Firm which trades on its veganism - but buys staff bacon butties
- Credit: Copyright: Archant 2020
Staff at an ethical firm which boasts it is 'vegan from the roots up' enjoy a special Friday treat – bacon and sausage butties.
Selesti - parent company of Ethica - stumps up for its staff to tuck into bacon, sausage and egg sandwiches which are delivered to the St Giles Street offices - a perk known as 'Fat Frydays'.
Ethica is an off-shoot of digital agency Selesti with which it shares an office, staff and even chief executive Oliver Blackmore.
Ethica has been awarded vegan certifications, with Mr Blackmore writing on social media: "So many companies are jumping on the bandwagon, exploiting the movement without genuine concern for animals, people or planet - putting profit before purpose.
"Being a certified vegan founded business adds credibility to the values we have to those companies and organisations we want to help grow. It also means assisting companies to become a force for good, to become more ethical."
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But questions are now being raised about that "credibility" with one fellow ethical company boss saying customers "would be disappointed".
Mr Blackmore claims he has turned away work with brands which do not align with his company's ethics.
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This includes an ostrich leather company, a greyhound race track and a sausage company.
In another social media post he said: "As a vegan, I know how important it is that our clients and their customers can feel assured their shared values and ethical practises mirror ours."
However after being confronted about Fat Frydays he said: "No company can be 100% ethical. It's like setting up a company called dogood.com and only doing good deeds - it's impossible. We trying to promote inclusivity as well as helping the planet.
"For example by contributing to the 1% for the planet organisation which means we contribute at least one percent of their annual sales to environmental issues."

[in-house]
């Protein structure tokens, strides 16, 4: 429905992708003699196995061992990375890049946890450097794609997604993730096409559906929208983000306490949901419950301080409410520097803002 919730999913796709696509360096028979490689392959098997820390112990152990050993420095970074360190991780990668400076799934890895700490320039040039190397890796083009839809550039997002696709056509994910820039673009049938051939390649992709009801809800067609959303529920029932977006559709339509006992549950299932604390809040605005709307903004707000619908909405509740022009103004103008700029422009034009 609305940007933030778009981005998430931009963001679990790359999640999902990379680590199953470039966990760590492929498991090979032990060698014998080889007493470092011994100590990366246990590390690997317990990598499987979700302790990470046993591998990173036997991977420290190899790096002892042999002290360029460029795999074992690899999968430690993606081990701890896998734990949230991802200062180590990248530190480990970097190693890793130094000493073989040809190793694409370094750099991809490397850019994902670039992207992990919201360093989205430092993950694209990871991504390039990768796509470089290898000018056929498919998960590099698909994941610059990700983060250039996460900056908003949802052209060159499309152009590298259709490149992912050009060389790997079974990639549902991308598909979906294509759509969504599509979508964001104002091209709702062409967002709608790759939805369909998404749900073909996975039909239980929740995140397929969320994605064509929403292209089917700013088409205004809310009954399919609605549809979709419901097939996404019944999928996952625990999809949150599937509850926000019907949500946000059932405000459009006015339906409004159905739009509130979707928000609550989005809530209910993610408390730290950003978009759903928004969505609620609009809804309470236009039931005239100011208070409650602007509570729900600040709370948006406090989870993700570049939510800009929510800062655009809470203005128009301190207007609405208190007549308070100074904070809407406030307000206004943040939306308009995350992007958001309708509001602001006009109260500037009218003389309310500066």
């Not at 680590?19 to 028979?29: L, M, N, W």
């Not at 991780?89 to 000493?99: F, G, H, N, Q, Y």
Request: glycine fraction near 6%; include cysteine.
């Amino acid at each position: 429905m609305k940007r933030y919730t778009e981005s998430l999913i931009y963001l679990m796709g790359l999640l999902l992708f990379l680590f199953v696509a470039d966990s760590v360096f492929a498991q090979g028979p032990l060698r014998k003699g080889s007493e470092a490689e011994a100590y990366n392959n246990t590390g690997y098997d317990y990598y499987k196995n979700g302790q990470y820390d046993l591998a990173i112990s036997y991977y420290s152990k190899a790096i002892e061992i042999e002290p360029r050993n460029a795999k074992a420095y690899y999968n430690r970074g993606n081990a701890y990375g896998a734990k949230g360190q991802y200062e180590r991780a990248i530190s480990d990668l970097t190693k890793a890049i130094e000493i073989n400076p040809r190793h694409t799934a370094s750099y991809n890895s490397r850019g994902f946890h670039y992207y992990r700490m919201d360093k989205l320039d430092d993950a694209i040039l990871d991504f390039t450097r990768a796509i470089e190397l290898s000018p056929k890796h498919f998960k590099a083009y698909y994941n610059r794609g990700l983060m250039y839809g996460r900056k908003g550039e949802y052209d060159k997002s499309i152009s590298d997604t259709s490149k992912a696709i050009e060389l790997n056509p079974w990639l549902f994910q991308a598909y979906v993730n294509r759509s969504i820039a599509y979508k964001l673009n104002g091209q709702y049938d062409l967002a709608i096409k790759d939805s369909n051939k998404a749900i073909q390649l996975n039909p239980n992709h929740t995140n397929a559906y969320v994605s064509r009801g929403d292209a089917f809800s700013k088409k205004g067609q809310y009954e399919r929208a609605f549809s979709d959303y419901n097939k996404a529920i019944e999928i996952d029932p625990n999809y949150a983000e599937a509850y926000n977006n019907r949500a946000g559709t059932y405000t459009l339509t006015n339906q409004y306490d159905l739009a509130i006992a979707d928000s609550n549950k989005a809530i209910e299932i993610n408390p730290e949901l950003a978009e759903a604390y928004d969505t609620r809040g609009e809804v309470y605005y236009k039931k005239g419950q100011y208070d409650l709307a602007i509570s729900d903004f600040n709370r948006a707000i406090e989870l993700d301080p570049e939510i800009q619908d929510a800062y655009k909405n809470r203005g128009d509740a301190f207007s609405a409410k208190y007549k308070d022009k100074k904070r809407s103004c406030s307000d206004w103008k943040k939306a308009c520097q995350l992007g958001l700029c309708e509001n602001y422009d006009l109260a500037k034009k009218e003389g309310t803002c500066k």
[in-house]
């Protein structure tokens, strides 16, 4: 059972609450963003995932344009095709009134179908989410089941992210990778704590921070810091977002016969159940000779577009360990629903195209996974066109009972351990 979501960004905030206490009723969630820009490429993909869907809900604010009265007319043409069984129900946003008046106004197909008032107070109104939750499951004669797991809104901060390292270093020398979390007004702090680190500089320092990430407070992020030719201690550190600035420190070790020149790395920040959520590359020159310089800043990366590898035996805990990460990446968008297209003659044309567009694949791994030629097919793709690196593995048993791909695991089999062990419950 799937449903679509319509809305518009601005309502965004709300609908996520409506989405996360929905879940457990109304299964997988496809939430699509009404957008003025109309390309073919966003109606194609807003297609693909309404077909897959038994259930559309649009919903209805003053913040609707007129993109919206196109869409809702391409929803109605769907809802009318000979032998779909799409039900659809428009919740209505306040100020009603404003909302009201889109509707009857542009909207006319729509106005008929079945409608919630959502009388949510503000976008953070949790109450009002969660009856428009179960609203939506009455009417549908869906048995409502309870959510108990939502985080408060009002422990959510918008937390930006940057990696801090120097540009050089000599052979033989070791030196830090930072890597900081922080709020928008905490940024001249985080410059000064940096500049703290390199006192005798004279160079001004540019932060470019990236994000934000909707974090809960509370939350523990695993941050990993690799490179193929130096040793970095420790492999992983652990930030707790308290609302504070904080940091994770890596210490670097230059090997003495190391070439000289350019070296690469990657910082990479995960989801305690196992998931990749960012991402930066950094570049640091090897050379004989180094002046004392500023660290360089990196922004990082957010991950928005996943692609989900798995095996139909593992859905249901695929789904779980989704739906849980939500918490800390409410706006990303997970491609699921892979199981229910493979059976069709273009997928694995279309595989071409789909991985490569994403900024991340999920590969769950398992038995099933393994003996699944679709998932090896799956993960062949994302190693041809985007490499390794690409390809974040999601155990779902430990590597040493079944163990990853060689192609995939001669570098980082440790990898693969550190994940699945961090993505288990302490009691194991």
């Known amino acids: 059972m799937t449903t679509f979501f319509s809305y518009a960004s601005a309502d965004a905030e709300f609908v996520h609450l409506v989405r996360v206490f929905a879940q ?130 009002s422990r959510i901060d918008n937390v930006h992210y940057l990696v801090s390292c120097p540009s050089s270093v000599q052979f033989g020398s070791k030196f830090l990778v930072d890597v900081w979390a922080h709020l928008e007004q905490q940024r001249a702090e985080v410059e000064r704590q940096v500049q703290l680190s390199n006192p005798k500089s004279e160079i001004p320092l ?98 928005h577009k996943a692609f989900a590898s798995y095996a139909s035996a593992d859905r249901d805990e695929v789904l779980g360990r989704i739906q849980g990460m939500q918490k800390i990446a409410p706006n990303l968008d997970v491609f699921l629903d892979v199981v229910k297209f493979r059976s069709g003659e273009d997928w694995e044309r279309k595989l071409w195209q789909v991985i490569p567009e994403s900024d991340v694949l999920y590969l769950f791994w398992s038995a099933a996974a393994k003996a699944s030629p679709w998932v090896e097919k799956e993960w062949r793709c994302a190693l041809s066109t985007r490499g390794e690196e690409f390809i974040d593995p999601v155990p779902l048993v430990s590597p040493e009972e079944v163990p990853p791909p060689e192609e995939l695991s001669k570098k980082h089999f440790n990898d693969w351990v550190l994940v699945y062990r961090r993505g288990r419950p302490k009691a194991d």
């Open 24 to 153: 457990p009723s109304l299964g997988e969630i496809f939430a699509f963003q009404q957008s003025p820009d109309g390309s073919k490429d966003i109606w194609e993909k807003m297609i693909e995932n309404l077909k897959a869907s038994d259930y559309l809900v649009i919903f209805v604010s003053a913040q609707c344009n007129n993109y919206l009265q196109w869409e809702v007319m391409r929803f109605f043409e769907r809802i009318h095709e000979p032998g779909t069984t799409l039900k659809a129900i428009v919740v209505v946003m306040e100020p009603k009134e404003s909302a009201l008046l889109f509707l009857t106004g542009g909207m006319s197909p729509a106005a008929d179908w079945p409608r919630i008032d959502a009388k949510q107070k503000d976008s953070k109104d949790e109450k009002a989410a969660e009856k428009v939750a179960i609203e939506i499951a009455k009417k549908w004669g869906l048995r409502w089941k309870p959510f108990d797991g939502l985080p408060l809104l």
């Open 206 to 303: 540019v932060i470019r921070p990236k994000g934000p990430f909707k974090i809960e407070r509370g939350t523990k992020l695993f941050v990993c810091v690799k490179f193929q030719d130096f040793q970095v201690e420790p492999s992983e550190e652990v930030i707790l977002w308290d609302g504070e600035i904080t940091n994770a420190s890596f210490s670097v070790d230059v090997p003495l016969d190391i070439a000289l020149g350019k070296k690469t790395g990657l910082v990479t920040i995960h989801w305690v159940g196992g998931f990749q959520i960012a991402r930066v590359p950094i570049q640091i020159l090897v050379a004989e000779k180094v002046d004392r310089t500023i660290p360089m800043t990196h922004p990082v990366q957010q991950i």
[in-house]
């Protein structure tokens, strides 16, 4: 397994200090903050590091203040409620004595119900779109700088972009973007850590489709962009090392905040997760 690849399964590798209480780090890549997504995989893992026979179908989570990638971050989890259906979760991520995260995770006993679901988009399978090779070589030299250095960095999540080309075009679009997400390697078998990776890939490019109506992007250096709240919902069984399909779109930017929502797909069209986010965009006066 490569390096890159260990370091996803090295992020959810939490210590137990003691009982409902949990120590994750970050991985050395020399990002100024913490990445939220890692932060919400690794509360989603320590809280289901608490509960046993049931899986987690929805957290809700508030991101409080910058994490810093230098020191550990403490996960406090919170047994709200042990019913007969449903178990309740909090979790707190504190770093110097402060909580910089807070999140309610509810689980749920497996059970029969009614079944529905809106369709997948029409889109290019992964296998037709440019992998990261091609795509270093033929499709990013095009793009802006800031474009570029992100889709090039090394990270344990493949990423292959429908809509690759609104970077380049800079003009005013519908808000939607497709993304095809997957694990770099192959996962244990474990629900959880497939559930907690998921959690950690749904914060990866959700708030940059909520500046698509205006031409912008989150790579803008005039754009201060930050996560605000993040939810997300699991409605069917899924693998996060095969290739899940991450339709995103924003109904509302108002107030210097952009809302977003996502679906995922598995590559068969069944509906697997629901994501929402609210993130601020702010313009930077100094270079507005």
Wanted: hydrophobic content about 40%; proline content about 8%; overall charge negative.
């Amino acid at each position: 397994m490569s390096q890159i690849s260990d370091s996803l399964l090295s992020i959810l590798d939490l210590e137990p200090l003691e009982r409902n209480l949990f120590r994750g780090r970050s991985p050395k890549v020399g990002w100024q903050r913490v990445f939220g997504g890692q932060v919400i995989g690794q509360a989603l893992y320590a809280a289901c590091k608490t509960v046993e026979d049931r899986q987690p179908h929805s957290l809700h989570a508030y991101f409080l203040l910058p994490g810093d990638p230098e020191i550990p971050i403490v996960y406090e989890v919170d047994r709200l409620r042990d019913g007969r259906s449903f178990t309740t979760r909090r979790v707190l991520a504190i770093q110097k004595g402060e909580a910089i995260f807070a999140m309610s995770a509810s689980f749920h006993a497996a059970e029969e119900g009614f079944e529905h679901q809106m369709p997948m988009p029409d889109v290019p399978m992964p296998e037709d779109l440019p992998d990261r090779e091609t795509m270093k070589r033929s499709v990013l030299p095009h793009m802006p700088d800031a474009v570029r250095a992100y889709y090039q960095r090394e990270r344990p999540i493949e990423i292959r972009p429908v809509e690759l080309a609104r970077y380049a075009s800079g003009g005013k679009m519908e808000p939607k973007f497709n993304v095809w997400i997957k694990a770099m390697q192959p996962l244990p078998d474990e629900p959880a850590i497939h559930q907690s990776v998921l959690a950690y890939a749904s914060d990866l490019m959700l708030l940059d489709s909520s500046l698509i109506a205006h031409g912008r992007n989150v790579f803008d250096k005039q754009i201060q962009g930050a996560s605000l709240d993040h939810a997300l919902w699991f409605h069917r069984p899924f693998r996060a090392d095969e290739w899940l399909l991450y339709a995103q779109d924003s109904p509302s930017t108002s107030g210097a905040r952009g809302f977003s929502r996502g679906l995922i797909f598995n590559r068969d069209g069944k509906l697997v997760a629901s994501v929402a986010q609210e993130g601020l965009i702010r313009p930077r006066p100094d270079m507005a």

The firm's breakfast habits were revealed by a whistleblower who said: "The ethical and vegan' office reeks of bacon."
When quizzed about why Selesti would not work with a sausage company but would buy bangers for staff, Mr Blackmore said: "It's a process and we're trying to move more in that direction but we can't bulldoze our staff with these policies. "We can't not hire people because they're not vegan. That's dictatorial and will put people off.
"From a personal point of view I would love it if the office was vegan but other members of senior management have different opinions."
When asked why the company paid for meat products for its staff instead of plant-based meals, Mr Blackmore added: "This is something we have looked at. We were going to do Veganuary this year but we missed it. We had a problem with the supplier we were going to be using.
"Since we started doing 'Frydays' we have seen meat consumption fall by about 50%."
He added that making the Ethica and Selesti offices meat-free would promote "exclusivity", saying: "When you go to other companies that work with vegan brands you see people eating cheese sandwiches."
He added that the revenue generated by Ethica was not used to pay for the bacon sandwiches.
Mr Blackmore said he came up with the idea for Ethica while cycling up Mount Fiji during a Japanese tour to raise money for Ric O'Barry's Dolphin Project.
But the news was described as "disappointing" by a fellow ethical business leader, Taylor Gathercole.
Mr Gathercole runs a sustainable firewood business out of Hingham, and said: "My view is that what you say outwardly should be what you implement inwardly.
"If I were a customer and I had gone to them because of how they market themselves, and then found this out, I would be disappointed.
"I'm a vegan and run an ethical business. But I'd have no problem in hiring staff who aren't vegans. However if I were promoting my business as ethical and pro-vegan, you wouldn't see me buying bacon sandwiches for staff. If they want a sausage sandwich, they can go out and buy it with their own money."
Why we called out 'vegan' company
Practice what you preach. A simple, but powerful idiom.
And when people take a stand, and are caught out not doing what they profess to live and die by, it rankles in a cutting way.
When we heard a firm that professes to be 'vegan from the roots up' was having bacon, sausage and egg sandwiches delivered to its offices, it screamed hypocrisy.
To make things worse, the orders were being made at the suggestion of management, rather than hungry staff taking it upon themselves.
That is why we took the step of going to their offices to witness the delivery in the flesh (so to speak).
When a company which claims to be vegan facilitates its staff eating meat - surely the most basic breach of vegan ethics - it deserves to have a mirror held up to it.